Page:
People's Democracy

(Weekly Organ of the Communist Party of India (Marxist)


No. 28

July 14, 2013


Battle for Justice


Subhashini Ali


IN the evening of June 24, I visited the home of Akhtar Mujahid along with members of the CPI(M) in Jaunpur district.  Akhtar’s home is in Madiyaun, a kasba of Jaunpur, Uttar Pradesh.  We arrived in the evening, following a darkening sky.  Just as we entered his mohalla, the rain came pouring down and we had to run into the narrow lane that led to his house.  Many of his neighbours had collected to welcome us and all of us sat in the small room in the front of the home that he and his widowed mother shared with his Taya (father’s elder brother), Tayi, their son, Shahid, his wife and their two children.


Khalid’s uncle is an extremely dignified man who seems to have aged because of the burden of grief and despair that he has carried since December, 2007 when his nephew was suddenly picked up by an unknown group of people in an unmarked jeep.  This occurred just fourteen days after Khalid’s marriage.


As we sat in the small room, Khalid’s uncle told us about the day when life as they had known it came to a standstill for him and his extended family.  He manages a madarsa and library in the neighbourhood and Akhtar taught there.  It is on record that he attended to his duties on December 16, 2007 and was then picked up and whisked away by unknown persons to an unknown place. His cousin, Shahid, accompanied by a large number of people, went to the police station immediately but his FIR was not accepted. This was reported in several newspapers the next day and Akhtar’s uncle and others sent faxes to the chief minister and others.  On the 18th, the police visited Akhtar’s house and took away some books and papers including a copy of the Koran.  Finally, on the 22nd evening, the police station in charge informed his uncle that he had been arrested that morning from Bara Banki.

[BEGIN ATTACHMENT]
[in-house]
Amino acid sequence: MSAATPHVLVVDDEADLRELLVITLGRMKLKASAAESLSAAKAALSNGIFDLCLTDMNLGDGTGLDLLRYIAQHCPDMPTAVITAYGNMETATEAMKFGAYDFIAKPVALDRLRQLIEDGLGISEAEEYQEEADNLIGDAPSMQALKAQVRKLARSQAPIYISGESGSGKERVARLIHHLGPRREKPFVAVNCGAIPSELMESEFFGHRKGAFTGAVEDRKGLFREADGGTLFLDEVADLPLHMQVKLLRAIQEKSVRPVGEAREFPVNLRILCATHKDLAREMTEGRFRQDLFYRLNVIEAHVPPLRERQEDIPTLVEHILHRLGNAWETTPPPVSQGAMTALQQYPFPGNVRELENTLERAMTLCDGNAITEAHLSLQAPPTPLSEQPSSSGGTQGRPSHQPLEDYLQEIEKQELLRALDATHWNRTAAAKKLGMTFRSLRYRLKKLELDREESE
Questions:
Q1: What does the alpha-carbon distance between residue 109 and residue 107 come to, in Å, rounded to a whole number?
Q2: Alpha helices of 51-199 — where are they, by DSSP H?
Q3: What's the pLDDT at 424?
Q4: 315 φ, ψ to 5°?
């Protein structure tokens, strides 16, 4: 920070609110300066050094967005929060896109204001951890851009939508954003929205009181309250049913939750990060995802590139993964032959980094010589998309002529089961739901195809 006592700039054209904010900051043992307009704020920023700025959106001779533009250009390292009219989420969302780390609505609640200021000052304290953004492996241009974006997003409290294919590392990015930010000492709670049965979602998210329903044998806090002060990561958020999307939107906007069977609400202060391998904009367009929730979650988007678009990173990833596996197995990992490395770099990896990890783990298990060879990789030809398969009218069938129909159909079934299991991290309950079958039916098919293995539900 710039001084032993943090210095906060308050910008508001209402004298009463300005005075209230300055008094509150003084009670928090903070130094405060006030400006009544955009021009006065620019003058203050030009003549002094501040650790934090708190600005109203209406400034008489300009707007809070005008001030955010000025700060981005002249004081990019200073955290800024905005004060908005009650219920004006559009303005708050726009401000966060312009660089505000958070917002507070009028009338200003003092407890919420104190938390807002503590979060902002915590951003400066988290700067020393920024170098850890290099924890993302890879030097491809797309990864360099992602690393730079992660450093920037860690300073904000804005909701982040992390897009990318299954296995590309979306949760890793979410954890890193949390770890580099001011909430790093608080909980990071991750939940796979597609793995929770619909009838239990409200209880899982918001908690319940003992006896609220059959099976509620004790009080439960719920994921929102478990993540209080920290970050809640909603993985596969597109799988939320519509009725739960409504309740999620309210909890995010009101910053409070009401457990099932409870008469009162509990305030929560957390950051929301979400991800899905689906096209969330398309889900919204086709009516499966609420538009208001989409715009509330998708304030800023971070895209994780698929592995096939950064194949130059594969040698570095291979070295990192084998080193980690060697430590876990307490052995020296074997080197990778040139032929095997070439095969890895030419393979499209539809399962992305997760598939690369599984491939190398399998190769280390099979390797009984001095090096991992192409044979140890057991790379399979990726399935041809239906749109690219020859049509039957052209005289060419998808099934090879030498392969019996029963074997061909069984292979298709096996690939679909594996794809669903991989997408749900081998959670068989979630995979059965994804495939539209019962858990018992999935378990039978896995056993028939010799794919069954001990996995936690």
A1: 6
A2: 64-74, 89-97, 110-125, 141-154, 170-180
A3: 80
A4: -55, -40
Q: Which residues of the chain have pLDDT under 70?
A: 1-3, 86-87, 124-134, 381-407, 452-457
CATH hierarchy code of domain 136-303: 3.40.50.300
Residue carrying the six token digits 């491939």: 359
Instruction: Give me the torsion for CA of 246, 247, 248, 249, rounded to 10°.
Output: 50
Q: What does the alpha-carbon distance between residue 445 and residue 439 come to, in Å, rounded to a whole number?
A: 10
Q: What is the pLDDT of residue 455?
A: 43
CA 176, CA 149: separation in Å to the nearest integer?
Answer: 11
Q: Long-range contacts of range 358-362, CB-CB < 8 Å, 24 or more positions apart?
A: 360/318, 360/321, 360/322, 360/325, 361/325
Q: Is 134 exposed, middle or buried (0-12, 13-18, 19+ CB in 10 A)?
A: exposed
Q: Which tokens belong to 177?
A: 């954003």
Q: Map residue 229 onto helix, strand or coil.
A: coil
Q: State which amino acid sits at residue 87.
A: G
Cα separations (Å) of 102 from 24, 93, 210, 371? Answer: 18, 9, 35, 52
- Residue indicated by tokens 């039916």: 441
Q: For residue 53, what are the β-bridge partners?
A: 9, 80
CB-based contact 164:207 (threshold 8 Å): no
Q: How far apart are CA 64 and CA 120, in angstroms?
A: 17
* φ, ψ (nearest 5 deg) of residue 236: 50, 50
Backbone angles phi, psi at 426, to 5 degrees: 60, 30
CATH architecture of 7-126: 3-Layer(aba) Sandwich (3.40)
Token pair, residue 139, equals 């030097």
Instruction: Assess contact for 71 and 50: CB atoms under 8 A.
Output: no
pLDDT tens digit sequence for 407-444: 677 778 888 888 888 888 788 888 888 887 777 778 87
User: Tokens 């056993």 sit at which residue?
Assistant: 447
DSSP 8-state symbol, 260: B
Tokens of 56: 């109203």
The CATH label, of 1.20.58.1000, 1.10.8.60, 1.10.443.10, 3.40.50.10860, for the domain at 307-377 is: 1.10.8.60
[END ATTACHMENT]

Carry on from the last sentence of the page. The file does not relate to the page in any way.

Akhtar’s uncle said that a living nightmare for the family had begun.  When he visited his nephew in the Bara Banki jail, there was little said between them but Akhtar managed to give him a small, folded piece of paper.  When he returned home, he read the letter which spoke of indescribable torture and abuse.  The fond uncle could not sleep that night or many nights that followed.


Within a fortnight of Akhtar’s arrest, his wife’s family came to take her away.  His uncle said that the whole family wept as they saw the same vehicle being loaded with all the belongings that the young bride had brought them in to their house just a month earlier.  She left never to return.


The long battle for justice was joined.  Another young man, Tariq Qasmi from Azamgarh, had also been picked up on December 16 and then shown to have been arrested with Akhtar in Bara Banki.  After his abduction, members of a local political group had sat on a dharna in Lucknow and, on the 22nd, the Bara Banki story was made public by the police.  Since there were so many who had witnessed what had actually happened on the 16th, there was an uproar and, finally, the Mayawati government appointed the Nimesh Commission to enquire into the matter.  R D Nimesh, a retired judge, submitted his report to the Akhilesh Yadav government in August, 2012 but it has not been made public since.


Akhtar’s uncles travails, therefore, yielded nothing but took a toll on his health.  He suffered a major heart attack a year ago and was not able to meet his nephew in jail for many months.  He remembers the last time that he met him about four months ago.  Akhtar had given up hope on that occasion.


On June 18, 2013, Akhtar was taken to the Faizabad district court from Lucknow.  On the way back, he felt unwell and the police escort with him took him to the district hospital at Bara Banki.  Tariq Qasmi was in the police van.  Within half an hour he was given the news that Akhtar was dead.


Akhtar’s uncle told us that he reached Bara Banki in a matter of a couple of hours and was able to shoot a video of his nephew’s body before the post mortem.  He showed us the cd on a laptop.  Akhtar’s face was swollen and there was dry blood near his nose and ear.  His fingernails were blackish.  His back showed marks of severe beating and there was a large bruise on one side.  After seeing the video, it did not seem credible that he died a natural death.  His post mortem report says – Cause of death, uncertain.


We could not but agree with Akhtar’s uncle that an inhumane State was responsible for the young man’s death in custody.  Had it responded to the Nimesh Commissions’s recommendations, Akhtar would have been released or at least granted bail and would have been alive today.


Akhtar’s uncle then took me to meet Akhtar’s wife and mother.  How can one describe his mother’s inconsolable grief and unending sorrow.  But her quiet dignity in the midst of such tragedy was heart-rending.  She told me that she had gone to visit her son once in the jail with her sister-in-law and he had told her that while the world was very cruel, he hoped that in the Next world he would find happiness and justice.